Abstract Objectives: Patent ductus arteriosus (PDA) is a common finding in preterm infants. A hemodynamically significant PDA may require intervention for closure. This article aims to describe a transcatheter PDA closure (TCPC) program for preterm infants and the components of a comprehensive outpatient follow-up strategy.
    Setting: A multidisciplinary team approach including neonatology, cardiology, anesthesiology, medical transport team, pulmonology, cardiac surgery, neurodevelopmental specialist, nutrition, speech therapy, social work, research collaborators, and other health care specialists is integral to the dedicated care and promotion of wellness of extremely low birth weight (ELBW) infants.
    Patients: To date, we have performed TCPC on 134 ELBW… More >

  • Open Access

    ARTICLE

    Percutaneous closure of the patent ductus arteriosus: Opportunities moving forward

    Courtney C. Mitchell1, Brian K. Rivera1, Jennifer N. Cooper 2,4, Charles V. Smith3, Darren P. Berman4,5, Jonathan L. Slaughter1,4, Carl H. Backes1,4,5
    Congenital Heart Disease, Vol.14, No.1, pp. 95-99, 2019, DOI:10.1111/chd.12704
    Abstract The optimal treatment method for infants with a patent ductus arteriosus (PDA) necessitating closure remains a subject of controversy and debate. While the risks associated with surgical PDA ligation are well described, the available evidence base for alternative management strategies during infancy, including percutaneous closure or conservative (nonintervention) management, are not well explored. Among infants, the goals of this review are to: (a) use rigorous systematic review methodology to assess the quality and quantity of published reports on percutaneous closure vs surgical ligation; (b) compare outcomes of percutaneous closure vs conservative management; and (c) based on recommendations from the International… More >

  • Open Access

    ARTICLE

    Fetal hemodymanic effects on ductus arteriosus development and influences on postnatal management in infants with ductal‐dependent pulmonary blood flow

    Anthony Merlocco
    Congenital Heart Disease, Vol.14, No.1, pp. 100-104, 2019, DOI:10.1111/chd.12719
    Abstract The ductus arteriosus (DA) has been studied since Galen. Initially after birth in neo‐ nates with obstruction to pulmonary blood flow, DA patency is integral to ensure out‐ put and oxygenation. While DA stenting dates back 25 years, there is emerging interest in better understanding how and when to utilize this strategy as an alternative to surgi‐ cal shunt placement or ongoing prostaglandin administration. Understanding the nor‐ mal fetal circulation and the perturbations that affect flow and oxygenation is integral to comprehending how normal DA anatomy and morphology may change and how this may influence technical and clinical considerations. In… More >

  • Open Access

    ARTICLE

    Blalock-Taussig shunt versus patent ductus arteriosus stent as first palliation for ductal-dependent pulmonary circulation lesions: A review of the literature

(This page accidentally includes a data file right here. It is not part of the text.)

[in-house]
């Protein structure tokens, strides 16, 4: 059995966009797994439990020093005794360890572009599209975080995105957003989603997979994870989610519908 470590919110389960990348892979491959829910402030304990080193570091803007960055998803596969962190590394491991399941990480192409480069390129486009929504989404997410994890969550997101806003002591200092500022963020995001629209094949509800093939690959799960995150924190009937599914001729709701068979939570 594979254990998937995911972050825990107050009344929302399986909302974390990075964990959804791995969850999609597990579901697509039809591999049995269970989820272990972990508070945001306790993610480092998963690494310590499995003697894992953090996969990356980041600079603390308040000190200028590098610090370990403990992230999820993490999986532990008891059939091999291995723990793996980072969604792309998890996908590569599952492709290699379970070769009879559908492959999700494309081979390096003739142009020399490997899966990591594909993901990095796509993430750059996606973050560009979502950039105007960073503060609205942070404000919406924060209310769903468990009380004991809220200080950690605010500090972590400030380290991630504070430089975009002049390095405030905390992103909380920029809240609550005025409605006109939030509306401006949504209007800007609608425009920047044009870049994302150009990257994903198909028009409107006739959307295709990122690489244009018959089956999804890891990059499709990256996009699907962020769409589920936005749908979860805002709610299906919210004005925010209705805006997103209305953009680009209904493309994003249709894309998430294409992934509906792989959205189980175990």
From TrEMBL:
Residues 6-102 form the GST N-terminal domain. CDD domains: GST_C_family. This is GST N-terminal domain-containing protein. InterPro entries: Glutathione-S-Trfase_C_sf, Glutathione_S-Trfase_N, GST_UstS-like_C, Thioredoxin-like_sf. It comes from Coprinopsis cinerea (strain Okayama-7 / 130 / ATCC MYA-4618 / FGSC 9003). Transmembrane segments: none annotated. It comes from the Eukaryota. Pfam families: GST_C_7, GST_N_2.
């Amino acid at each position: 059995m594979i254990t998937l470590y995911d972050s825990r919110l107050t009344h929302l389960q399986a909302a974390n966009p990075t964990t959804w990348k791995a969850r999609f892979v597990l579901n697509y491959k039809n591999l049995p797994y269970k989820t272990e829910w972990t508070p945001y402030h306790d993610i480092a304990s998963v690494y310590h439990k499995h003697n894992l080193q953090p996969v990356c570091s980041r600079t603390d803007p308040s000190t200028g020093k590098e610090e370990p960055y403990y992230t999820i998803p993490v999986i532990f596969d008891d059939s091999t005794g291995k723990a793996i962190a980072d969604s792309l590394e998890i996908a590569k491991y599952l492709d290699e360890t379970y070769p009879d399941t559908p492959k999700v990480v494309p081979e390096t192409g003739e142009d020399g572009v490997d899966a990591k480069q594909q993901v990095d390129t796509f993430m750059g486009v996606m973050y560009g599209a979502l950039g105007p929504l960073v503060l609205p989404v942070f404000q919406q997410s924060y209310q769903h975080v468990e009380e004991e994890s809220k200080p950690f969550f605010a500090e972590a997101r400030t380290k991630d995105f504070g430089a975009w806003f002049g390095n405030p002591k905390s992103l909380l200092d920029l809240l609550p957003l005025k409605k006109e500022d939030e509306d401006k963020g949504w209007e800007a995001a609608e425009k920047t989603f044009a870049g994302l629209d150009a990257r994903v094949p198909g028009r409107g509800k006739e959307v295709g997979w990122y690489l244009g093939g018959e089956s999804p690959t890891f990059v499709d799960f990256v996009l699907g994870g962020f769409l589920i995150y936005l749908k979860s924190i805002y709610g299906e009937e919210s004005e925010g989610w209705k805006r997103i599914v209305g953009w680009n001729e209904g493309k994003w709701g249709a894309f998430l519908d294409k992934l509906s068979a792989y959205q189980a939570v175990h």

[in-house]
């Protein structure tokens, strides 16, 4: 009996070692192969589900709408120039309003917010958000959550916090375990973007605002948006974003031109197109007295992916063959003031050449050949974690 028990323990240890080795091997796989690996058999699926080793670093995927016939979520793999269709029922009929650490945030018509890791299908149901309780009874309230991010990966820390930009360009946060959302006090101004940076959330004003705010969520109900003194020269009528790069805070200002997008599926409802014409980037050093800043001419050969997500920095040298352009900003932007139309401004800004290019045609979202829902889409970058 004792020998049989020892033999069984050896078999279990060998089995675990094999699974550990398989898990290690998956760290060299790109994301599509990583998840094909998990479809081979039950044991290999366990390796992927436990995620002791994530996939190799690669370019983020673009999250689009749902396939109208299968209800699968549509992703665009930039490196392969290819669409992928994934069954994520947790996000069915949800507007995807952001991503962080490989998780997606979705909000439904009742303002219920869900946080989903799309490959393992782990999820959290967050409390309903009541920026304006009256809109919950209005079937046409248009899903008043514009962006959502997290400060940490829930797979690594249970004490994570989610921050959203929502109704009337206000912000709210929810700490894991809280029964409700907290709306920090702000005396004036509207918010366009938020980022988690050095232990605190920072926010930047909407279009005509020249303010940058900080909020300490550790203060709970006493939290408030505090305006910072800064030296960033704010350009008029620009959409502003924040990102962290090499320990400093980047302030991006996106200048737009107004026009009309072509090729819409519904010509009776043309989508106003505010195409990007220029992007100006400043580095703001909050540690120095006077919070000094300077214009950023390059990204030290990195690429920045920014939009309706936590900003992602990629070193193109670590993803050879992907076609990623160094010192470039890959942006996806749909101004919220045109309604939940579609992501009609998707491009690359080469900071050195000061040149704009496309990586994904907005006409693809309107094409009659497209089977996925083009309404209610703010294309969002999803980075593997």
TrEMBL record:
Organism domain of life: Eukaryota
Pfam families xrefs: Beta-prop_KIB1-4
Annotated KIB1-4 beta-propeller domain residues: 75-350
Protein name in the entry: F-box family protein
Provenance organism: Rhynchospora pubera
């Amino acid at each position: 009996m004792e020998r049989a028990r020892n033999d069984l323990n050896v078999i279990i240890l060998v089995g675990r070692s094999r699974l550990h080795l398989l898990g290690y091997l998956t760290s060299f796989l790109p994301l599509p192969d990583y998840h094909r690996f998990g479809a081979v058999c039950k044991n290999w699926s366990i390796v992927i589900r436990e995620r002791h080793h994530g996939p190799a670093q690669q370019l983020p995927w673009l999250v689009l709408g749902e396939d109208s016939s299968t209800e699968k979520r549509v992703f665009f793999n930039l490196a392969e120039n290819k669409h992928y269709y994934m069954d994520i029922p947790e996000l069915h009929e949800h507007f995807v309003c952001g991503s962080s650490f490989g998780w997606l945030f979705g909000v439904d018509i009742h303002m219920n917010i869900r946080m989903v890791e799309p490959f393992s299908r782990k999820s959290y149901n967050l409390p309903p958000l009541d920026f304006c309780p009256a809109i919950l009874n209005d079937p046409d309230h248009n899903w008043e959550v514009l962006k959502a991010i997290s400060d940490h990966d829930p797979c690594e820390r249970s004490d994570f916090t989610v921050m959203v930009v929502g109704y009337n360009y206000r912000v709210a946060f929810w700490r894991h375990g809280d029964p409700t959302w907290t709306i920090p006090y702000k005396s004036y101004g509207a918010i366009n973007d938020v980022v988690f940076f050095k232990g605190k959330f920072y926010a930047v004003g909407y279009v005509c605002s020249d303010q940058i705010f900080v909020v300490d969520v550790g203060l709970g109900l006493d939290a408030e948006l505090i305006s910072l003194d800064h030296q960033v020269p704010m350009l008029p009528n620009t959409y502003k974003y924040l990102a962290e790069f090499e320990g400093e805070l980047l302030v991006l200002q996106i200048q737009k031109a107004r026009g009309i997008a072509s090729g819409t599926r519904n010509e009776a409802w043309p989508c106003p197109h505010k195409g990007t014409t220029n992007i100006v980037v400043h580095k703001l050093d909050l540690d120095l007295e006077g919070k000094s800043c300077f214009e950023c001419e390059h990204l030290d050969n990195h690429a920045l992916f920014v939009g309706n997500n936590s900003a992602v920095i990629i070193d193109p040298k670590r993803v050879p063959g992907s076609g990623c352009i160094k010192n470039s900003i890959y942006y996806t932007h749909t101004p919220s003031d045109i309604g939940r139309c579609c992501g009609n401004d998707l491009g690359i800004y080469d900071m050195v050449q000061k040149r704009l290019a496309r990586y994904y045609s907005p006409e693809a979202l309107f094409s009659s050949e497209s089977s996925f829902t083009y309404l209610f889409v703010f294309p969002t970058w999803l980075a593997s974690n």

Dana M. Boucek1, Athar M. Qureshi2, Bryan H. Goldstein 3, Christopher J. Petit4, Andrew C. Glatz1,5
    Congenital Heart Disease, Vol.14, No.1, pp. 105-109, 2019, DOI:10.1111/chd.12707
    Abstract Background: Infants with ductal-dependent pulmonary blood flow (PBF) often undergo a palliative procedure to provide a stable source of PBF prior to definitive palliation or repair. In the current era, a surgical shunt or ductal stent is used to provide PBF. We aimed to review the current literature comparing ductal stents to surgical shunts.
    Methods and Results: Four small, single-center studies and two larger multicenter studies were identified comparing ductal stent to surgical shunt. Combined, these studies showed ductal stent resulted in similar or improved pulmonary artery growth, fewer complications, shorter length of stay, less diuretic use, and improved survival… More >

  • Open Access

    ARTICLE

    Stenting of the ductus arteriosus for ductal‐dependent pulmonary blood flow—current techniques and procedural considerations

    Varun Aggarwal1, Christopher J. Petit2, Andrew C. Glatz3,4, Bryan H. Goldstein5, Athar M. Qureshi1
    Congenital Heart Disease, Vol.14, No.1, pp. 110-115, 2019, DOI:10.1111/chd.12709
    Abstract The use of prostaglandin‐E1 immediately after birth and subsequent surgical crea‐ tion of the modified Blalock‐Taussig shunt (BTS) shunt have remarkably improved the prognosis and survival of children with congenital heart disease and ductal‐depend‐ ent pulmonary blood flow (PBF). Despite the advancement in surgical techniques, bypass strategies, and postoperative management, significant morbidity and mortal‐ ity after BTS still remain. Patent ductus arteriosus stenting has been shown to be as an acceptable alternative to BTS placement in select infants with ductal‐dependent PBF. Newer procedural techniques and equipment, along with operator experience have all contributed to procedural refinement associated with improved outcomes… More >